Registered: January 2003
Location: Southwest FLorida
What a wonderful photograph. The faces were great, but it was the "hands" of all the children that really intrigued me.
My first step, save a duplicate of the original which I start to work on, then lighten the photo to see what detail was hidden, what was damage, and what was shadow. I spent a lot of time just looking at the original photograph.
Next, desaturate it, then on to the hard work.
I used my "effects" tools a lot, switching from one to the other, varying size, and amount. Mostly the "undither, brightness, blend" tools, the "clone" tool where it is needed, and I also make objects which I usually prefer to using the clone tool. When I use an object, I always "feather" it so it looks blended.
I don't have any set steps, I was all over the photo, first here, then there. I also use my zoom often, and go to both extremes, to see if what I last did was a good choice. My most valuable tool is the undo.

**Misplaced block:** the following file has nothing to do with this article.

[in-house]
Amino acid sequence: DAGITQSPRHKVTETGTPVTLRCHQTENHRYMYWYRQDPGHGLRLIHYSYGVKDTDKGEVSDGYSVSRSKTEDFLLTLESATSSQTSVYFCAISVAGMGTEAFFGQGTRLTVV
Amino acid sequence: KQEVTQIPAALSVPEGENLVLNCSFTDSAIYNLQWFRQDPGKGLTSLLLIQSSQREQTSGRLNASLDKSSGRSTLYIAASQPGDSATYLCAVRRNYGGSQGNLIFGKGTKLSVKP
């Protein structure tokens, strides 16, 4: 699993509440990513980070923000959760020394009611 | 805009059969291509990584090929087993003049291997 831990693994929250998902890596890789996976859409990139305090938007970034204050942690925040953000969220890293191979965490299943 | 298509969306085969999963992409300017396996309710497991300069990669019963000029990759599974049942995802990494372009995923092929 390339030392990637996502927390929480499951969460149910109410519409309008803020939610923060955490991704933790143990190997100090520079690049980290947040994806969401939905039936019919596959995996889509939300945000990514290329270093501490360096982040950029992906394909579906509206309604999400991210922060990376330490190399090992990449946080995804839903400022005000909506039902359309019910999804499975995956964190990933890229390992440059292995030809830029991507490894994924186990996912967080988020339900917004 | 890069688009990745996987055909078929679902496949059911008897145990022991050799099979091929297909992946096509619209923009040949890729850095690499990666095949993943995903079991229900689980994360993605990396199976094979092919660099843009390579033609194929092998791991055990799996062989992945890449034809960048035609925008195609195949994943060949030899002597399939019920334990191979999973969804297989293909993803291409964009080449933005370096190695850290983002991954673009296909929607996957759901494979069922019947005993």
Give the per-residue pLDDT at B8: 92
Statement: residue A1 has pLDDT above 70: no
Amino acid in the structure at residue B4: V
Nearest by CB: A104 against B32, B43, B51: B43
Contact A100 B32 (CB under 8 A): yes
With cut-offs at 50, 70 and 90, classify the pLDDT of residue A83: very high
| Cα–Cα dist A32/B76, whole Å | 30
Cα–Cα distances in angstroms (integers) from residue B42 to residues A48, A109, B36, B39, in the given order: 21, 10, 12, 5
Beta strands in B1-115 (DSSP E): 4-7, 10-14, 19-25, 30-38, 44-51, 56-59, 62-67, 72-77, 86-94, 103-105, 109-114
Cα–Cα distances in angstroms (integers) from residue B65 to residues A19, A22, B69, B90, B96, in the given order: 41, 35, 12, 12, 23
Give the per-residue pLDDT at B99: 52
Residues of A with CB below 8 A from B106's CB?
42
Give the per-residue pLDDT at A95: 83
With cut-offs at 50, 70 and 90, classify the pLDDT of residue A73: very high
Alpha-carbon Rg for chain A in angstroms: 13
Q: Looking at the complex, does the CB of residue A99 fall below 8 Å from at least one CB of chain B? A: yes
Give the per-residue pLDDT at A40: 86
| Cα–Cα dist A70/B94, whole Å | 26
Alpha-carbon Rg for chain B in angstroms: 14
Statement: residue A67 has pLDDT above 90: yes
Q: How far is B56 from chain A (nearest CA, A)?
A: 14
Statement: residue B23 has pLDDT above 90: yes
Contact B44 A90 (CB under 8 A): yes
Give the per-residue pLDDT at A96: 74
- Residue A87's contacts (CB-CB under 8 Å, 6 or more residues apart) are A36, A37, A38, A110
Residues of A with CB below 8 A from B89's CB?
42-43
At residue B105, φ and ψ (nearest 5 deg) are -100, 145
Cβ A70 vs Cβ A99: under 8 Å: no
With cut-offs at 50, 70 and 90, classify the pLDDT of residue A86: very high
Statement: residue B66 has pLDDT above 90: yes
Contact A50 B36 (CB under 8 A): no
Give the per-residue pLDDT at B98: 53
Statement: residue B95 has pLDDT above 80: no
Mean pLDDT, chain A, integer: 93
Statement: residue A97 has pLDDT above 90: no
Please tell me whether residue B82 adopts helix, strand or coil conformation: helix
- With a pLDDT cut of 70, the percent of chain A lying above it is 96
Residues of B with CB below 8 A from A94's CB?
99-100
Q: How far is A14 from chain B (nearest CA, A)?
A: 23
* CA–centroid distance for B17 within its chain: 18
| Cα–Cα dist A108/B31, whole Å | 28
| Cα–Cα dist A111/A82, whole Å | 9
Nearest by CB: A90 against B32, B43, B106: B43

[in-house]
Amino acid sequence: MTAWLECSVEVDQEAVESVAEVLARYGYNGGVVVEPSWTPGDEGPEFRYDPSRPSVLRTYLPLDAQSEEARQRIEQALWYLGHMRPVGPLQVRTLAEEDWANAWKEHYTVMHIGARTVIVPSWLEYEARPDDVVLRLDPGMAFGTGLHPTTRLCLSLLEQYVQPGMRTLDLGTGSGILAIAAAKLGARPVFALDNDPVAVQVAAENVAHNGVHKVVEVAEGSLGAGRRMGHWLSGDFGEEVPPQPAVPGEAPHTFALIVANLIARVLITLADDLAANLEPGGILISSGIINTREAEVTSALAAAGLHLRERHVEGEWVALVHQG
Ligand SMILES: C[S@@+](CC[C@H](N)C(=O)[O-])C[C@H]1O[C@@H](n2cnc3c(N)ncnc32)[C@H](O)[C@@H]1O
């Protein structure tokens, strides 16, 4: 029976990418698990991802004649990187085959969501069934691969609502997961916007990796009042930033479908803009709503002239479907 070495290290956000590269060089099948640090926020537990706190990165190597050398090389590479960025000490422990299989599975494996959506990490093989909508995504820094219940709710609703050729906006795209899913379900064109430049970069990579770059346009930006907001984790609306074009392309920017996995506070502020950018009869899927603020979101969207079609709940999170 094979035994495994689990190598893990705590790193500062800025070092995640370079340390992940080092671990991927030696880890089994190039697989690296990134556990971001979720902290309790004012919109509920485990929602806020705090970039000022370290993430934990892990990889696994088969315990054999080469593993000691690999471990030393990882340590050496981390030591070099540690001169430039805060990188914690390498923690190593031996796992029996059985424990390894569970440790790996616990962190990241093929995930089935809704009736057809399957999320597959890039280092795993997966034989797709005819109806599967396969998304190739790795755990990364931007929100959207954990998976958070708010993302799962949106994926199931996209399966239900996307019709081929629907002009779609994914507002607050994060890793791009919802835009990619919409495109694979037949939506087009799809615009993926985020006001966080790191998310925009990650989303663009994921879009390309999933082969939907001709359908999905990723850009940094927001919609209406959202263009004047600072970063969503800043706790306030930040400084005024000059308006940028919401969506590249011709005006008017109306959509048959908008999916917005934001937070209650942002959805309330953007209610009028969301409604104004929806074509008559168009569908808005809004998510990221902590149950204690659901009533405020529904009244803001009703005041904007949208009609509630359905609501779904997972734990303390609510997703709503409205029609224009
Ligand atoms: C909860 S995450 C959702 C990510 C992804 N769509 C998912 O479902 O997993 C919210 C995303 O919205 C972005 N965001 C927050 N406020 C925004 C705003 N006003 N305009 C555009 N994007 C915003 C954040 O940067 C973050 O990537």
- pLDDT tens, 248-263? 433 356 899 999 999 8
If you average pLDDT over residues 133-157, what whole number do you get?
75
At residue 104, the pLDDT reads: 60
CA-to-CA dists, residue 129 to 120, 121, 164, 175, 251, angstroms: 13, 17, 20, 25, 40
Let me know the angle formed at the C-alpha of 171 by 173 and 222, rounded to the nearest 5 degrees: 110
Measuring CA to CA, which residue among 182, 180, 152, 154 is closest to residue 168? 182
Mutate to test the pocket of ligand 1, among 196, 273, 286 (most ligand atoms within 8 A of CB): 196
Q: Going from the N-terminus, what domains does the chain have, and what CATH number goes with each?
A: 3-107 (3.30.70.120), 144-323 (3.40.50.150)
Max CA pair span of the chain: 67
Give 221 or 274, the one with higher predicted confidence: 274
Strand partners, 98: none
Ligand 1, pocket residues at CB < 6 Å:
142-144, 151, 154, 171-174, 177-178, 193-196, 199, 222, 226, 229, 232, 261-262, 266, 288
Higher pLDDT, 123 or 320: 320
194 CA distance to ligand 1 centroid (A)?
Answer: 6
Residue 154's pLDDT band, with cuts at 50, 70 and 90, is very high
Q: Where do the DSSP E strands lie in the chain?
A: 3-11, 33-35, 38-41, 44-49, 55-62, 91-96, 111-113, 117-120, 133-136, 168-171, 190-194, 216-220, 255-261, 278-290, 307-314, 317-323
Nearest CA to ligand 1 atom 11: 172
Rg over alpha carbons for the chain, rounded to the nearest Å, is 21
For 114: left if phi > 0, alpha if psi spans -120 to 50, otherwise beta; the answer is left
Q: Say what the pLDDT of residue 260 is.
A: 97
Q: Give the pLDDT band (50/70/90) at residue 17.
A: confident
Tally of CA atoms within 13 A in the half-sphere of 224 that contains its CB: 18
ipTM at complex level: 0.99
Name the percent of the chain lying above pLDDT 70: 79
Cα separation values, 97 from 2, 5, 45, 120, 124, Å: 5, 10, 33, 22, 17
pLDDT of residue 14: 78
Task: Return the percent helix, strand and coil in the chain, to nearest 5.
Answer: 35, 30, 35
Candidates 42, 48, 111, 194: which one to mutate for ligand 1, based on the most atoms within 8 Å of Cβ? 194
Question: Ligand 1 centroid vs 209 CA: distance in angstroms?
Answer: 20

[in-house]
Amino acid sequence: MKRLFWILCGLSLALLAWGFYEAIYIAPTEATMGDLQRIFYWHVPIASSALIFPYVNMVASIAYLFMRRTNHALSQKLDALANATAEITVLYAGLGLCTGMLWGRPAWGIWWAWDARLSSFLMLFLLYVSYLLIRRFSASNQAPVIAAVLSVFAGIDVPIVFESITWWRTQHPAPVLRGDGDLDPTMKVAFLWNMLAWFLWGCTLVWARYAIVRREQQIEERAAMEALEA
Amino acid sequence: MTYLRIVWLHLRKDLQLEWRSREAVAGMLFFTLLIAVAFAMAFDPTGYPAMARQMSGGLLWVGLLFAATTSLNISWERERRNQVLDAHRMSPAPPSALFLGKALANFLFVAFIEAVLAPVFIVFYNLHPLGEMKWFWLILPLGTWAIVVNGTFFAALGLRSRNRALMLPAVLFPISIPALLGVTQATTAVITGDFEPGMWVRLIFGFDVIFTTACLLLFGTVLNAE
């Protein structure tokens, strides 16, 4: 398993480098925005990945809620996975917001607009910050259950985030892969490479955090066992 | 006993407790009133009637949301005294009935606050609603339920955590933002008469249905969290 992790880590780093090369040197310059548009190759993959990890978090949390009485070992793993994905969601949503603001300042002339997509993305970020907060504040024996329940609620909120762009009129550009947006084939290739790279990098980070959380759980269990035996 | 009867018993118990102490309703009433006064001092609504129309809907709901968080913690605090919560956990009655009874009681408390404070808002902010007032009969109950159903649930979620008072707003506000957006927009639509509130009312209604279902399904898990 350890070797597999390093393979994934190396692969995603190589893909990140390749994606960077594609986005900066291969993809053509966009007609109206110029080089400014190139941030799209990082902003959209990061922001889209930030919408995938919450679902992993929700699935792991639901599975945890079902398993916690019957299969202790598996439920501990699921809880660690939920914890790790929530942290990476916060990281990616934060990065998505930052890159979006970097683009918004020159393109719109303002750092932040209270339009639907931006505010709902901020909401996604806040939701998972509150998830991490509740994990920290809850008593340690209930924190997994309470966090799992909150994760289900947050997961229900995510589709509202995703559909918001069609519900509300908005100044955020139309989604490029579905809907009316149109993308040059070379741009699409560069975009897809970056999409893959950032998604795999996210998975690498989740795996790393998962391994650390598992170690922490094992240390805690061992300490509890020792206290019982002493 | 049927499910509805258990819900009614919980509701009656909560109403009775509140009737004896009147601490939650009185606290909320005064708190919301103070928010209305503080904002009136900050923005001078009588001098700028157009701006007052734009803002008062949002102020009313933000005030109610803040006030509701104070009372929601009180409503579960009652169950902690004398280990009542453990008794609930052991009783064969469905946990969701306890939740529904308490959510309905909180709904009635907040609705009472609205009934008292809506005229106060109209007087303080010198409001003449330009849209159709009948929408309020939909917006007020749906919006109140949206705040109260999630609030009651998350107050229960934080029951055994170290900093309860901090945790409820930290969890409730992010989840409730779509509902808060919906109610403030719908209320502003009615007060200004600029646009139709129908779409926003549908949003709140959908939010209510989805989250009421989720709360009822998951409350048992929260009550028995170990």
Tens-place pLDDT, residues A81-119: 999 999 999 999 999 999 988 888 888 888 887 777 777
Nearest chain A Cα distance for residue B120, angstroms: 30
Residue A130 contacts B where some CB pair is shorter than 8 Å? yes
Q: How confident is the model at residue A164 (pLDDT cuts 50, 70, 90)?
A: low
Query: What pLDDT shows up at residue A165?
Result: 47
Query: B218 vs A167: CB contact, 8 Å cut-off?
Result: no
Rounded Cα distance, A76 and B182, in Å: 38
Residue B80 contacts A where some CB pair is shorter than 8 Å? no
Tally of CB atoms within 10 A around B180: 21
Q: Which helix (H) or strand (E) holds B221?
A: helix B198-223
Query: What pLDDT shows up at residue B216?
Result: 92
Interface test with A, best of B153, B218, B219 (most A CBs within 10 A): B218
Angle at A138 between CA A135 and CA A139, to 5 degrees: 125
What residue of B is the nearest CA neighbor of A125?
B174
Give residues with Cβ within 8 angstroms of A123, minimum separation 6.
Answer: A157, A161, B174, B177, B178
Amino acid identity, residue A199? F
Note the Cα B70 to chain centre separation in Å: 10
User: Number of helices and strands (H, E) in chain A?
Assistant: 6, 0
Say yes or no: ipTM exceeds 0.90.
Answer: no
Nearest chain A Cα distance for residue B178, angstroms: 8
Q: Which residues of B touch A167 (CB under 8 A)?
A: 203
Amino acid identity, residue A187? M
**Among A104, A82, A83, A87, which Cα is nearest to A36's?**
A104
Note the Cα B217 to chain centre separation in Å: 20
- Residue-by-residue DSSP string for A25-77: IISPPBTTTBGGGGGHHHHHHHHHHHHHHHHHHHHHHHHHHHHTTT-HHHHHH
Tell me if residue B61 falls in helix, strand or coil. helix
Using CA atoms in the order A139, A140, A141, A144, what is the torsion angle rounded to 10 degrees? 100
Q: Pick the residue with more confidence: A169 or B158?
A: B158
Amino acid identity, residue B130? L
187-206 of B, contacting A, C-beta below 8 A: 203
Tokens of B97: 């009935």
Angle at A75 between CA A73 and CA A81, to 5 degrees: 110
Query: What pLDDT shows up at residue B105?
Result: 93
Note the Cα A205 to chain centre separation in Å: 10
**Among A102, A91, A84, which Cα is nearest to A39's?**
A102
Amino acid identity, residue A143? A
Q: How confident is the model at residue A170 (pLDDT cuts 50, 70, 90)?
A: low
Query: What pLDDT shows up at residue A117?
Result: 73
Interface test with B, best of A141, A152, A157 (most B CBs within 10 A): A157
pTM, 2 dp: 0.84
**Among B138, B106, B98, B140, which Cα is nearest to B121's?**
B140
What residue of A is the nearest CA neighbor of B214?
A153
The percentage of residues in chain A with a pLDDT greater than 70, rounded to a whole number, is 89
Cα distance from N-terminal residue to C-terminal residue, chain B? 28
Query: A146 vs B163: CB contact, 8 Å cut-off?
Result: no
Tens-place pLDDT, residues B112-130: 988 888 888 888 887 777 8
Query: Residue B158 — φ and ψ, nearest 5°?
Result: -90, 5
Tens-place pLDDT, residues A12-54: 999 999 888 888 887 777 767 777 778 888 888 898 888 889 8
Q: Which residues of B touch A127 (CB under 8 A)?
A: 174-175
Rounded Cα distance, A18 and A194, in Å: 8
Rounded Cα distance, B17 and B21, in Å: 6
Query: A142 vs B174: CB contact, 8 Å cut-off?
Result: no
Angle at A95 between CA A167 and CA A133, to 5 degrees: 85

I mostly "enhanced" this one to bring out detail, but there is still a lot of roughness to it when enlarged, and because it was a back porch, there would of course have a lot of wear. The little boy gave me the most trouble, and I spent more time on him than anywhere else on the photo. I'm not really happy with him, but this was the "cutest" I could get him. There comes a time when you just have to stop sometimes.
Then looked for a tint that warmed it up.
On this photo I did make some changes. I thought that what the boy was sitting in front of was a post for the roof of the porch, so I extended the floor to show it off, and give it a little more depth. As I said, the hands intrigued me, and the little girl on the far left seemed to need a thumb. I rebuilt one for her, reversed the shadows, and a few other small things, but I tried to keep true to the original as much as I could.
I used Corel's Photo Paint 8.